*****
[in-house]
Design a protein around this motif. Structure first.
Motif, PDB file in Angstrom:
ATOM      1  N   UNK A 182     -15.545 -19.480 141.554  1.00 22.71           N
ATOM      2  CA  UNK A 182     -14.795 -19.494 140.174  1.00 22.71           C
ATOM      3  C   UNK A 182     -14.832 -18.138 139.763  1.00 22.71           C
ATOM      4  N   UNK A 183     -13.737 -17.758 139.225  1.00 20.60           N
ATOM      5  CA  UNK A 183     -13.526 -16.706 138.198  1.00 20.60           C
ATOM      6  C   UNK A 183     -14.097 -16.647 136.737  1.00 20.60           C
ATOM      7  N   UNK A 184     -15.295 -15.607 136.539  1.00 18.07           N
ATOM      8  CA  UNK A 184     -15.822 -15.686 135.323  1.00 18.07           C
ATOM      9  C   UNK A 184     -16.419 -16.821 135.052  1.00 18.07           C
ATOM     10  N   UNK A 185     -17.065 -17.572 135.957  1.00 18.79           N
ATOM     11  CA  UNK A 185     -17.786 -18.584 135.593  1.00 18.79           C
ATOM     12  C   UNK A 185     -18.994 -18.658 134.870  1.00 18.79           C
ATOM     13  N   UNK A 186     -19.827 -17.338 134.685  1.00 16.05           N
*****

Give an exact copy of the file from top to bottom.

[in-house]
Design a protein around this motif. Structure first.
Motif, PDB file in Angstrom:
ATOM      1  N   UNK A 182     -15.545 -19.480 141.554  1.00 22.71           N
ATOM      2  CA  UNK A 182     -14.795 -19.494 140.174  1.00 22.71           C
ATOM      3  C   UNK A 182     -14.832 -18.138 139.763  1.00 22.71           C
ATOM      4  N   UNK A 183     -13.737 -17.758 139.225  1.00 20.60           N
ATOM      5  CA  UNK A 183     -13.526 -16.706 138.198  1.00 20.60           C
ATOM      6  C   UNK A 183     -14.097 -16.647 136.737  1.00 20.60           C
ATOM      7  N   UNK A 184     -15.295 -15.607 136.539  1.00 18.07           N
ATOM      8  CA  UNK A 184     -15.822 -15.686 135.323  1.00 18.07           C
ATOM      9  C   UNK A 184     -16.419 -16.821 135.052  1.00 18.07           C
ATOM     10  N   UNK A 185     -17.065 -17.572 135.957  1.00 18.79           N
ATOM     11  CA  UNK A 185     -17.786 -18.584 135.593  1.00 18.79           C
ATOM     12  C   UNK A 185     -18.994 -18.658 134.870  1.00 18.79           C
ATOM     13  N   UNK A 186     -19.827 -17.338 134.685  1.00 16.05           N